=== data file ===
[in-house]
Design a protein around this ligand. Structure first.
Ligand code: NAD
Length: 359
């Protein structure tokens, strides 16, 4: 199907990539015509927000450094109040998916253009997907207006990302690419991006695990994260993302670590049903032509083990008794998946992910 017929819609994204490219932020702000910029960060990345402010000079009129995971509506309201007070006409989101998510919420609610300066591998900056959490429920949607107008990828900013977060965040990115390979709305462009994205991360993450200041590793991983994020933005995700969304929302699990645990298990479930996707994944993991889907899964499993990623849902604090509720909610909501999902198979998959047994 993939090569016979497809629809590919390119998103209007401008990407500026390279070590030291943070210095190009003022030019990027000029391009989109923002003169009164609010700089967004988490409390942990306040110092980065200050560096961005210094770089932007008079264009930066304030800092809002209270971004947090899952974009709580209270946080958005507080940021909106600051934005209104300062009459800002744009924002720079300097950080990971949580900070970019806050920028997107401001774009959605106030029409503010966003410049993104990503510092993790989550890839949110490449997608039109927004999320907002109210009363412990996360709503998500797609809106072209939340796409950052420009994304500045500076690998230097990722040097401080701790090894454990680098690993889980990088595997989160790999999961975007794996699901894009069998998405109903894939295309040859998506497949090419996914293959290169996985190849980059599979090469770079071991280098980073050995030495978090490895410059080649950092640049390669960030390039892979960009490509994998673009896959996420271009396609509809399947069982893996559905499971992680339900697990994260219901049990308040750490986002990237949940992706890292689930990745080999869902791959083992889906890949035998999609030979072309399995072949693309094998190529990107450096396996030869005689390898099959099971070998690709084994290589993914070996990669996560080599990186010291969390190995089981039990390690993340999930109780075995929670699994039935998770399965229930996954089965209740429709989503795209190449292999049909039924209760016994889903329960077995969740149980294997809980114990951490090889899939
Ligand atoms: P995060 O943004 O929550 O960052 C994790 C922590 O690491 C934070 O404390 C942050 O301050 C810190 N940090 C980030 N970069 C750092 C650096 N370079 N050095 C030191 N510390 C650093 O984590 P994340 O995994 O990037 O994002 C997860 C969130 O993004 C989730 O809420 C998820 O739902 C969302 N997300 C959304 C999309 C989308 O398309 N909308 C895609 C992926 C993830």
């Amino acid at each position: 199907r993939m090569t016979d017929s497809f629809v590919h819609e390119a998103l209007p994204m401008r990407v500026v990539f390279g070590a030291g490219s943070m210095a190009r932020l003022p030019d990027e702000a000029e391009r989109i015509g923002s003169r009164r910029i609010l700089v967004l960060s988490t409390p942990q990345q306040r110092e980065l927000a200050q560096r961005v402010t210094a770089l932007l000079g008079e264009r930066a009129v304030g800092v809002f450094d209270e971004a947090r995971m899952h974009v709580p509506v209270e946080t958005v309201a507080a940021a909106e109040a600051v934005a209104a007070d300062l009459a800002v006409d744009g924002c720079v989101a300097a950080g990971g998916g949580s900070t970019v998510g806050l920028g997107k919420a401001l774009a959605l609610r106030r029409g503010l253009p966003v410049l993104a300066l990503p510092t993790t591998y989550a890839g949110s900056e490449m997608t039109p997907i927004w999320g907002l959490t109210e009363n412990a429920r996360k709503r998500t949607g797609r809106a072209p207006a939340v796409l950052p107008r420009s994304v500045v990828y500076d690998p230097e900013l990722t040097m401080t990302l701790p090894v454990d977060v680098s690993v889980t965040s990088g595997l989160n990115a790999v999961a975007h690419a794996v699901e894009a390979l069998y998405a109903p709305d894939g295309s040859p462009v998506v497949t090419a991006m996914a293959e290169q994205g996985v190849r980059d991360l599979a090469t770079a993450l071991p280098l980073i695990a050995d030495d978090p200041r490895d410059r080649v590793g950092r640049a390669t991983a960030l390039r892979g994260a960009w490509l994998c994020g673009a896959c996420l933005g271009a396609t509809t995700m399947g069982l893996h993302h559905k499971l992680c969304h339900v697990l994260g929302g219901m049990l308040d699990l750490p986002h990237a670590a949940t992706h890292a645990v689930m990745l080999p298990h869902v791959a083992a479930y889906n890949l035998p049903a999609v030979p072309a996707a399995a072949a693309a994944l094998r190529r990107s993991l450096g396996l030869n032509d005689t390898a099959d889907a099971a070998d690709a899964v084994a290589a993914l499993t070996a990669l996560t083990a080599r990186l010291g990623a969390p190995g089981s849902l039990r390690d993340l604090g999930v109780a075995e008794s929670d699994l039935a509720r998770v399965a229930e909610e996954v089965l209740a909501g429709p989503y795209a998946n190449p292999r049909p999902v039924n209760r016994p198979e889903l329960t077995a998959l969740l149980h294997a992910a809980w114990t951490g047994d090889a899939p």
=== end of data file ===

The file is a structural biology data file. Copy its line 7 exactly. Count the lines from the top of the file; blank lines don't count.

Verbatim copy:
């Amino acid at each position: 199907r993939m090569t016979d017929s497809f629809v590919h819609e390119a998103l209007p994204m401008r990407v500026v990539f390279g070590a030291g490219s943070m210095a190009r932020l003022p030019d990027e702000a000029e391009r989109i015509g923002s003169r009164r910029i609010l700089v967004l960060s988490t409390p942990q990345q306040r110092e980065l927000a200050q560096r961005v402010t210094a770089l932007l000079g008079e264009r930066a009129v304030g800092v809002f450094d209270e971004a947090r995971m899952h974009v709580p509506v209270e946080t958005v309201a507080a940021a909106e109040a600051v934005a209104a007070d300062l009459a800002v006409d744009g924002c720079v989101a300097a950080g990971g998916g949580s900070t970019v998510g806050l920028g997107k919420a401001l774009a959605l609610r106030r029409g503010l253009p966003v410049l993104a300066l990503p510092t993790t591998y989550a890839g949110s900056e490449m997608t039109p997907i927004w999320g907002l959490t109210e009363n412990a429920r996360k709503r998500t949607g797609r809106a072209p207006a939340v796409l950052p107008r420009s994304v500045v990828y500076d690998p230097e900013l990722t040097m401080t990302l701790p090894v454990d977060v680098s690993v889980t965040s990088g595997l989160n990115a790999v999961a975007h690419a794996v699901e894009a390979l069998y998405a109903p709305d894939g295309s040859p462009v998506v497949t090419a991006m996914a293959e290169q994205g996985v190849r980059d991360l599979a090469t770079a993450l071991p280098l980073i695990a050995d030495d978090p200041r490895d410059r080649v590793g950092r640049a390669t991983a960030l390039r892979g994260a960009w490509l994998c994020g673009a896959c996420l933005g271009a396609t509809t995700m399947g069982l893996h993302h559905k499971l992680c969304h339900v697990l994260g929302g219901m049990l308040d699990l750490p986002h990237a670590a949940t992706h890292a645990v689930m990745l080999p298990h869902v791959a083992a479930y889906n890949l035998p049903a999609v030979p072309a996707a399995a072949a693309a994944l094998r190529r990107s993991l450096g396996l030869n032509d005689t390898a099959d889907a099971a070998d690709a899964v084994a290589a993914l499993t070996a990669l996560t083990a080599r990186l010291g990623a969390p190995g089981s849902l039990r390690d993340l604090g999930v109780a075995e008794s929670d699994l039935a509720r998770v399965a229930e909610e996954v089965l209740a909501g429709p989503y795209a998946n190449p292999r049909p999902v039924n209760r016994p198979e889903l329960t077995a998959l969740l149980h294997a992910a809980w114990t951490g047994d090889a899939p």